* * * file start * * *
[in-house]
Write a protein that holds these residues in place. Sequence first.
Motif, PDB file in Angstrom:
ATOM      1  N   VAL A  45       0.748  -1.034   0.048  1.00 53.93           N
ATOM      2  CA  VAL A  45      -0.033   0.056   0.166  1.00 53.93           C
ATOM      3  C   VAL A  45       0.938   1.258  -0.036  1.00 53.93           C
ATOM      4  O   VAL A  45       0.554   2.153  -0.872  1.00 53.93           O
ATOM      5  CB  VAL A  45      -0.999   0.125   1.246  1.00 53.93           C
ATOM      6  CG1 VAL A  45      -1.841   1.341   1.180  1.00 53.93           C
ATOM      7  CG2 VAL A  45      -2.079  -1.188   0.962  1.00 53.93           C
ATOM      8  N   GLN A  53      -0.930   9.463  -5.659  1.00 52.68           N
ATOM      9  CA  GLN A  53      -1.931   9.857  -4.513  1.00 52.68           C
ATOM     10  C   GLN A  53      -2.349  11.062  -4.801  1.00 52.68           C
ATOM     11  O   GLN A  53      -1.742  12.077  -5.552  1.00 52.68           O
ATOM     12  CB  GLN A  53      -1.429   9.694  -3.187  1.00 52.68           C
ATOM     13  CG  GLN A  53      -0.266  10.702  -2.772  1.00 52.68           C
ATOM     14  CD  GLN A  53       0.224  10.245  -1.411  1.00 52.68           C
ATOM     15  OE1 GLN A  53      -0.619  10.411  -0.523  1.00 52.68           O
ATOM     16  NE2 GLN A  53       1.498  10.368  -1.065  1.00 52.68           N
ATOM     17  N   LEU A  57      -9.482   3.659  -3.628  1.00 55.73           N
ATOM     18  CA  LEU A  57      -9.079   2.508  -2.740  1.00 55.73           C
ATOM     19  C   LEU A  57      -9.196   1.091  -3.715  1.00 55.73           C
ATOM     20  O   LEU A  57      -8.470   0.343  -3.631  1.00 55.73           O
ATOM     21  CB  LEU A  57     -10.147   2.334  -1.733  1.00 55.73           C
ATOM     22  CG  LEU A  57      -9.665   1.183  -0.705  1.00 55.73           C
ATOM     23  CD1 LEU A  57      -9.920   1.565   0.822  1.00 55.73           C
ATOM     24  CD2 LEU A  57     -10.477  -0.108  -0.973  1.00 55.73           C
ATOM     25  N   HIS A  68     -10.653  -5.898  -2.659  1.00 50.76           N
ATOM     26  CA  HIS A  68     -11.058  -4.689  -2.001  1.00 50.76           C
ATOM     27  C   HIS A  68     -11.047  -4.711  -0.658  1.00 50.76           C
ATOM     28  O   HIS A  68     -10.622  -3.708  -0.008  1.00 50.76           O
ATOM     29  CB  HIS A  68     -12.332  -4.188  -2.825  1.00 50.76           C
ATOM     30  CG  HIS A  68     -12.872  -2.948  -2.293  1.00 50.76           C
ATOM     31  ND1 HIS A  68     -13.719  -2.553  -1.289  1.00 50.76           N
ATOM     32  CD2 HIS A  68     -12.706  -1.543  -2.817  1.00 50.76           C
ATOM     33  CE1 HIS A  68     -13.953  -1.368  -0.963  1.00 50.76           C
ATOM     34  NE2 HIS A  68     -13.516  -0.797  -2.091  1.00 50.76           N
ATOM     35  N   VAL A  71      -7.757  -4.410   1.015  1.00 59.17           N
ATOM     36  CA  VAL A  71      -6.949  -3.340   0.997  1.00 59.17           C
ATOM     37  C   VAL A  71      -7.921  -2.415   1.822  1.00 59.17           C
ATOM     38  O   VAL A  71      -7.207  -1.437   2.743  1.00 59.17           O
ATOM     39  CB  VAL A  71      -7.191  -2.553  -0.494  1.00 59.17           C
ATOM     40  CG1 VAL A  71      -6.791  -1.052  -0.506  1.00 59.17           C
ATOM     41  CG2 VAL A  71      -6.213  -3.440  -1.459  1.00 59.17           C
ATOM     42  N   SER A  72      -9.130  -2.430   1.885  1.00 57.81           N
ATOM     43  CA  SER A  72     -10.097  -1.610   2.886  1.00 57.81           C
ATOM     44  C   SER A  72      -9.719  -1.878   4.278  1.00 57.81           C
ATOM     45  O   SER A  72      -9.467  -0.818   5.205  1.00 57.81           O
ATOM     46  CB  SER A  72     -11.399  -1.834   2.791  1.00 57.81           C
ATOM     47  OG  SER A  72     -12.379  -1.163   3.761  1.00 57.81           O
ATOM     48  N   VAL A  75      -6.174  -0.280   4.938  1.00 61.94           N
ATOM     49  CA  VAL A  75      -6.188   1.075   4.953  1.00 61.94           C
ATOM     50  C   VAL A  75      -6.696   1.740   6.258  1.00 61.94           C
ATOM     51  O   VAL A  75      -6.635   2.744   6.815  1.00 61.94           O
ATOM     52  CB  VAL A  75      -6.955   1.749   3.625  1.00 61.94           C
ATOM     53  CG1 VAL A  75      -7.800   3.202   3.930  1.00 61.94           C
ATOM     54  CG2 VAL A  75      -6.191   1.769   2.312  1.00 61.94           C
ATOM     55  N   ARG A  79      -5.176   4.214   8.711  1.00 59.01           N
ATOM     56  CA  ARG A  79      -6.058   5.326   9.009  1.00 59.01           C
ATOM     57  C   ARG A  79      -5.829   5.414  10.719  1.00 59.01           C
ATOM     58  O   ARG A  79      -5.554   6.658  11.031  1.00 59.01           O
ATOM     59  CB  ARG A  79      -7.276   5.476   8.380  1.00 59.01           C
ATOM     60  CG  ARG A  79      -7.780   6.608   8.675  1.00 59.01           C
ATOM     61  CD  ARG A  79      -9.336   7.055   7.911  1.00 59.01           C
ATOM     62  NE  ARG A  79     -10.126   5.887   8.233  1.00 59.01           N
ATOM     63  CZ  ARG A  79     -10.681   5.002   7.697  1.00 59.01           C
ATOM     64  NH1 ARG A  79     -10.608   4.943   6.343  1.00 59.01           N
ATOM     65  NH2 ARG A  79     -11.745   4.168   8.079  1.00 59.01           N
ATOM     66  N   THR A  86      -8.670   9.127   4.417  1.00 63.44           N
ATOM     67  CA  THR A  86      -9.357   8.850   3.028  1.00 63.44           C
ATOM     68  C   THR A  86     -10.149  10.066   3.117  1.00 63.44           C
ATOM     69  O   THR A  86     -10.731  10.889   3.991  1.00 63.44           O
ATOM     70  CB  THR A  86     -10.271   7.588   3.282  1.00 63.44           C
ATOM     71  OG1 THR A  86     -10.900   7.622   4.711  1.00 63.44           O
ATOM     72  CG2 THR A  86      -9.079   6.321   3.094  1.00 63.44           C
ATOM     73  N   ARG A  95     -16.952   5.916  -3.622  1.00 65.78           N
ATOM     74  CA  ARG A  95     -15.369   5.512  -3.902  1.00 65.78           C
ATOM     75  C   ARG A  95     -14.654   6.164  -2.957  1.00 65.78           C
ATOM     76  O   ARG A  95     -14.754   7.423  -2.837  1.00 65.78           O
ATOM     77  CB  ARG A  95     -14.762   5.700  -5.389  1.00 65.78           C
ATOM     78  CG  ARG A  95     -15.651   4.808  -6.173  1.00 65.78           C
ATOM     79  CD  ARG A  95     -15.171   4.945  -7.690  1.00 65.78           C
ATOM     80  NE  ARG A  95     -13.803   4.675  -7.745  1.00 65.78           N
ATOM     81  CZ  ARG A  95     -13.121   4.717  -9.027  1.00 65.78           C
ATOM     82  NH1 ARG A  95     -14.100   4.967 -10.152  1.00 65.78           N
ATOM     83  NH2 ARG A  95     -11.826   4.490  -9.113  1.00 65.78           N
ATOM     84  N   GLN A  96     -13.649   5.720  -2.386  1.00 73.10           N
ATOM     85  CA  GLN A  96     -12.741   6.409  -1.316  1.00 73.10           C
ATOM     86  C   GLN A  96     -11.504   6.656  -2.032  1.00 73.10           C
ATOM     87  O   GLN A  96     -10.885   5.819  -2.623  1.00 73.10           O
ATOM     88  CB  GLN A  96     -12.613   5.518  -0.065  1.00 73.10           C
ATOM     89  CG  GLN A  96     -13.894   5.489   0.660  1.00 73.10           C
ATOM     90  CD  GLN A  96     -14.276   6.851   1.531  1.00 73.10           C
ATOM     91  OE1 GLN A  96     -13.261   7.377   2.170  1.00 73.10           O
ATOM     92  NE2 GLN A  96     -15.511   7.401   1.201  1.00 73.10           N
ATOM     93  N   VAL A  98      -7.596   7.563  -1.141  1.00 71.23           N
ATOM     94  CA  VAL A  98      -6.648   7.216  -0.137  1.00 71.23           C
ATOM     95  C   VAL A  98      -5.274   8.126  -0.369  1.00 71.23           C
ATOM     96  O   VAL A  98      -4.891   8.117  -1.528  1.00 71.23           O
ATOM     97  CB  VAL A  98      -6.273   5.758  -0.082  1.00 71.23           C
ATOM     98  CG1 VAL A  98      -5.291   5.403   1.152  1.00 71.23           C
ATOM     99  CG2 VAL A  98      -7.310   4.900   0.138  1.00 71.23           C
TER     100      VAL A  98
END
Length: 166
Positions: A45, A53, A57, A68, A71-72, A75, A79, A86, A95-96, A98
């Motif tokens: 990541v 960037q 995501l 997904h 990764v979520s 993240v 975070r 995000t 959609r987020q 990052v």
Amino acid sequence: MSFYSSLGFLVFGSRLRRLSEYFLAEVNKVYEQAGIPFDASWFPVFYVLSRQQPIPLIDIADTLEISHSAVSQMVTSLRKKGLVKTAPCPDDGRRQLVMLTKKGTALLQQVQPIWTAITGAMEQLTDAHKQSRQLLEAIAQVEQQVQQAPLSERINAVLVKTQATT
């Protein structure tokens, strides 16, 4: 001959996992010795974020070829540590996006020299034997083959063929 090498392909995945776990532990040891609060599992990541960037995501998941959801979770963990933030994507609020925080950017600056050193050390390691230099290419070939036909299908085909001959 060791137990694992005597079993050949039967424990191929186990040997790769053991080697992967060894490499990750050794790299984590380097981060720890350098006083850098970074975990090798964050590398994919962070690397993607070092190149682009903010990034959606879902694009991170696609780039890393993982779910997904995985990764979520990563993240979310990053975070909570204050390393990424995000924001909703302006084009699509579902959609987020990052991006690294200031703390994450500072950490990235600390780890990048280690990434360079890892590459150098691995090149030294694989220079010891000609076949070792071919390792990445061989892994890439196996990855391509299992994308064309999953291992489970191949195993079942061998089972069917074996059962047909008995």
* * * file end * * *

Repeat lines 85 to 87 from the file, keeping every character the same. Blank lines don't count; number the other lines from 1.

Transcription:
ATOM     82  NH1 ARG A  95     -14.100   4.967 -10.152  1.00 65.78           N
ATOM     83  NH2 ARG A  95     -11.826   4.490  -9.113  1.00 65.78           N
ATOM     84  N   GLN A  96     -13.649   5.720  -2.386  1.00 73.10           N